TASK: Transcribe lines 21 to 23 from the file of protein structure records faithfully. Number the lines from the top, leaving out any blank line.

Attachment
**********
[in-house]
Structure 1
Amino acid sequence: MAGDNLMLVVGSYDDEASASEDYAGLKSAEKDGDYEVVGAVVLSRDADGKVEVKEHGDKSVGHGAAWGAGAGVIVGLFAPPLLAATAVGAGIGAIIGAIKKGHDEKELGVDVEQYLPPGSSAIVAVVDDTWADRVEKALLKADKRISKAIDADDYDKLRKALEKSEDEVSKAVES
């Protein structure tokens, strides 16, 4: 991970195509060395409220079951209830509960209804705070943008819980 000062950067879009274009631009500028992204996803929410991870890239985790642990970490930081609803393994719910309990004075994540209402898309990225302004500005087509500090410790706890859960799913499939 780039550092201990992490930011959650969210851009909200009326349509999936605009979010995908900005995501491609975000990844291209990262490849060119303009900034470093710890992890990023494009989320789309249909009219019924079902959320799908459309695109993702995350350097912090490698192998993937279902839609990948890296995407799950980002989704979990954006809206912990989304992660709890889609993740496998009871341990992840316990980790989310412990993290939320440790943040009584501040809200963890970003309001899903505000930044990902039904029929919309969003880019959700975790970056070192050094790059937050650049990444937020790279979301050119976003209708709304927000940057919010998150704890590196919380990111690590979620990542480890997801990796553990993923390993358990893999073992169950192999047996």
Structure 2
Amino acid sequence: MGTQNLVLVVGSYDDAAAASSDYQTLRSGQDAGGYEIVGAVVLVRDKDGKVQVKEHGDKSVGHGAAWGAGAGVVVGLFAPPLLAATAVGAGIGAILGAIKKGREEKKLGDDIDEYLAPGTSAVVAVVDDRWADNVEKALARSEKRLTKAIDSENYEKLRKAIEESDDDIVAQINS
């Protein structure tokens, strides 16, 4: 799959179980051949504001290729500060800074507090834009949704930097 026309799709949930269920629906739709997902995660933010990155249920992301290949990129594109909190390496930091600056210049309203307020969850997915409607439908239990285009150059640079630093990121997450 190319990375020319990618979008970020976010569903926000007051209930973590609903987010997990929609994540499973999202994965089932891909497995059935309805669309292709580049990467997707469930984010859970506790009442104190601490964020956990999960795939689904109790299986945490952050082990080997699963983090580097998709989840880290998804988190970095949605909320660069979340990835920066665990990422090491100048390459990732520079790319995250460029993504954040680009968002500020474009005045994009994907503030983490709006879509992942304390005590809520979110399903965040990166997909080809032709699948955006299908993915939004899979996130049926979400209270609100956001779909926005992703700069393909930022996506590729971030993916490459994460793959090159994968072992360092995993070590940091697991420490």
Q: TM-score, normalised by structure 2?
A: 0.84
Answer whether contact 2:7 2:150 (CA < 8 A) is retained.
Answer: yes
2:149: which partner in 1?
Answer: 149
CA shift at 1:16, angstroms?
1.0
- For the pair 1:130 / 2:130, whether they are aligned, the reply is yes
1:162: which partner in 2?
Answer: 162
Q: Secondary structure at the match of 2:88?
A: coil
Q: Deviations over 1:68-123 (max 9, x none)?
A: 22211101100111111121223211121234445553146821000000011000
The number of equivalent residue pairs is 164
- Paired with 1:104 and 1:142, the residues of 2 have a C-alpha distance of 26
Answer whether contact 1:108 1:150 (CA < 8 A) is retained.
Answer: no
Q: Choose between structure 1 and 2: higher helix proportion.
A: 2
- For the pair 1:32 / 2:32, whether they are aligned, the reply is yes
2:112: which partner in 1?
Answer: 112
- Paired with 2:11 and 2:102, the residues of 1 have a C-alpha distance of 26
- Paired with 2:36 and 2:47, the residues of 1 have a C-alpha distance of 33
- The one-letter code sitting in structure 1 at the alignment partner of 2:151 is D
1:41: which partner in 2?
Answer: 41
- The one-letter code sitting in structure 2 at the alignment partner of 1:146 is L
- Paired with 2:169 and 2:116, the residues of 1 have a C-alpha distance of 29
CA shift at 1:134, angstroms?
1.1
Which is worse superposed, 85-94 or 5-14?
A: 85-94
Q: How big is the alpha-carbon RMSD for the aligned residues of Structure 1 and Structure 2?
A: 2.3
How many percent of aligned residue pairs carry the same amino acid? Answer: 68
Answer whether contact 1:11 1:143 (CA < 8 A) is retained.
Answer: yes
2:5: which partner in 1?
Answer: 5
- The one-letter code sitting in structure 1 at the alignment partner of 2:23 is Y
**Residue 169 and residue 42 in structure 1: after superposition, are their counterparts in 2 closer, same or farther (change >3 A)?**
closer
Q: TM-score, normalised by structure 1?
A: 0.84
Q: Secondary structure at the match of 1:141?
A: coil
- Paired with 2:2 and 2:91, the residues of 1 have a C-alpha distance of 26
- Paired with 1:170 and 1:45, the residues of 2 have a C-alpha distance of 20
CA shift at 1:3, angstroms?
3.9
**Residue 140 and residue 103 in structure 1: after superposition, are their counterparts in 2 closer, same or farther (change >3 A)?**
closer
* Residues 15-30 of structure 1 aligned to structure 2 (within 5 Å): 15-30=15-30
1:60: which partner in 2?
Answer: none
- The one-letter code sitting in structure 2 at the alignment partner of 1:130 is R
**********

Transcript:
Q: Deviations over 1:68-123 (max 9, x none)?
A: 22211101100111111121223211121234445553146821000000011000
The number of equivalent residue pairs is 164